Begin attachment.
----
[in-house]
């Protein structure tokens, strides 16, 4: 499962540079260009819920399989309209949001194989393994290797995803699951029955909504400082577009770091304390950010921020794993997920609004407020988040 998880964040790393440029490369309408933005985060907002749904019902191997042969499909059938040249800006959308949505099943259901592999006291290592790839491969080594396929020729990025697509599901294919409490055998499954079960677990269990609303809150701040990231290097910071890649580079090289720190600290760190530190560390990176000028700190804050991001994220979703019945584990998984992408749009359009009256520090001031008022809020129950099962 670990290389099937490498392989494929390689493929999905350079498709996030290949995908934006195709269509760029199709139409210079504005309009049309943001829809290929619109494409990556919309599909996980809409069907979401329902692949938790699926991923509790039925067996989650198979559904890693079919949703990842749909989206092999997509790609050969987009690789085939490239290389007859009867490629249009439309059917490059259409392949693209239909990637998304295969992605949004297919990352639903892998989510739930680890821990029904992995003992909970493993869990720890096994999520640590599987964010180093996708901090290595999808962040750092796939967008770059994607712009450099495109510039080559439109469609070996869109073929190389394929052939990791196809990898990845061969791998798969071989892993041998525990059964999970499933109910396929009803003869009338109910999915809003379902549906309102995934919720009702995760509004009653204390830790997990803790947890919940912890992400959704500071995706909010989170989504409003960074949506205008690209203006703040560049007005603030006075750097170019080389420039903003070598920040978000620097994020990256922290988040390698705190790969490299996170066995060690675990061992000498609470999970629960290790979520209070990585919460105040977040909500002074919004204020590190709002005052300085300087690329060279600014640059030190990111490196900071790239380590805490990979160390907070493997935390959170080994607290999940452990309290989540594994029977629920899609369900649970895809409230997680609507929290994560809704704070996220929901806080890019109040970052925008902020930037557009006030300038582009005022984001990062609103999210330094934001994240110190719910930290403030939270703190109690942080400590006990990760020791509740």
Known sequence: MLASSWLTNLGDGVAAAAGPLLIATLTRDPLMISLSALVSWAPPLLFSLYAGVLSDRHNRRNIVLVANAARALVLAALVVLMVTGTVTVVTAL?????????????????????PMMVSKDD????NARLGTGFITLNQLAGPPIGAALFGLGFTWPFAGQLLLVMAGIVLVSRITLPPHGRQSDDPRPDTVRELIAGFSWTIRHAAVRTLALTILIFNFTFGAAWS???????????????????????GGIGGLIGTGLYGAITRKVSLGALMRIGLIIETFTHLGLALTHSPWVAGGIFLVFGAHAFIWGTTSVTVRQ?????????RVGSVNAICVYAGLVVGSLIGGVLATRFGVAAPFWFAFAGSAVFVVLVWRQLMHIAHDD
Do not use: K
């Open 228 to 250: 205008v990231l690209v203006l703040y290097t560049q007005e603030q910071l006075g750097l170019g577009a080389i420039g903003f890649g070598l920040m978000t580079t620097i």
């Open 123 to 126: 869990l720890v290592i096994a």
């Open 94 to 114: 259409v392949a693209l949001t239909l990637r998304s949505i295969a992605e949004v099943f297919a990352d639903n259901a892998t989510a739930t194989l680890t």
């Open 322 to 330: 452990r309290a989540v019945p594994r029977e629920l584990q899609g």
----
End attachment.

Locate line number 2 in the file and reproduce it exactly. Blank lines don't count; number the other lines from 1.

């Protein structure tokens, strides 16, 4: 499962540079260009819920399989309209949001194989393994290797995803699951029955909504400082577009770091304390950010921020794993997920609004407020988040 998880964040790393440029490369309408933005985060907002749904019902191997042969499909059938040249800006959308949505099943259901592999006291290592790839491969080594396929020729990025697509599901294919409490055998499954079960677990269990609303809150701040990231290097910071890649580079090289720190600290760190530190560390990176000028700190804050991001994220979703019945584990998984992408749009359009009256520090001031008022809020129950099962 670990290389099937490498392989494929390689493929999905350079498709996030290949995908934006195709269509760029199709139409210079504005309009049309943001829809290929619109494409990556919309599909996980809409069907979401329902692949938790699926991923509790039925067996989650198979559904890693079919949703990842749909989206092999997509790609050969987009690789085939490239290389007859009867490629249009439309059917490059259409392949693209239909990637998304295969992605949004297919990352639903892998989510739930680890821990029904992995003992909970493993869990720890096994999520640590599987964010180093996708901090290595999808962040750092796939967008770059994607712009450099495109510039080559439109469609070996869109073929190389394929052939990791196809990898990845061969791998798969071989892993041998525990059964999970499933109910396929009803003869009338109910999915809003379902549906309102995934919720009702995760509004009653204390830790997990803790947890919940912890992400959704500071995706909010989170989504409003960074949506205008690209203006703040560049007005603030006075750097170019080389420039903003070598920040978000620097994020990256922290988040390698705190790969490299996170066995060690675990061992000498609470999970629960290790979520209070990585919460105040977040909500002074919004204020590190709002005052300085300087690329060279600014640059030190990111490196900071790239380590805490990979160390907070493997935390959170080994607290999940452990309290989540594994029977629920899609369900649970895809409230997680609507929290994560809704704070996220929901806080890019109040970052925008902020930037557009006030300038582009005022984001990062609103999210330094934001994240110190719910930290403030939270703190109690942080400590006990990760020791509740």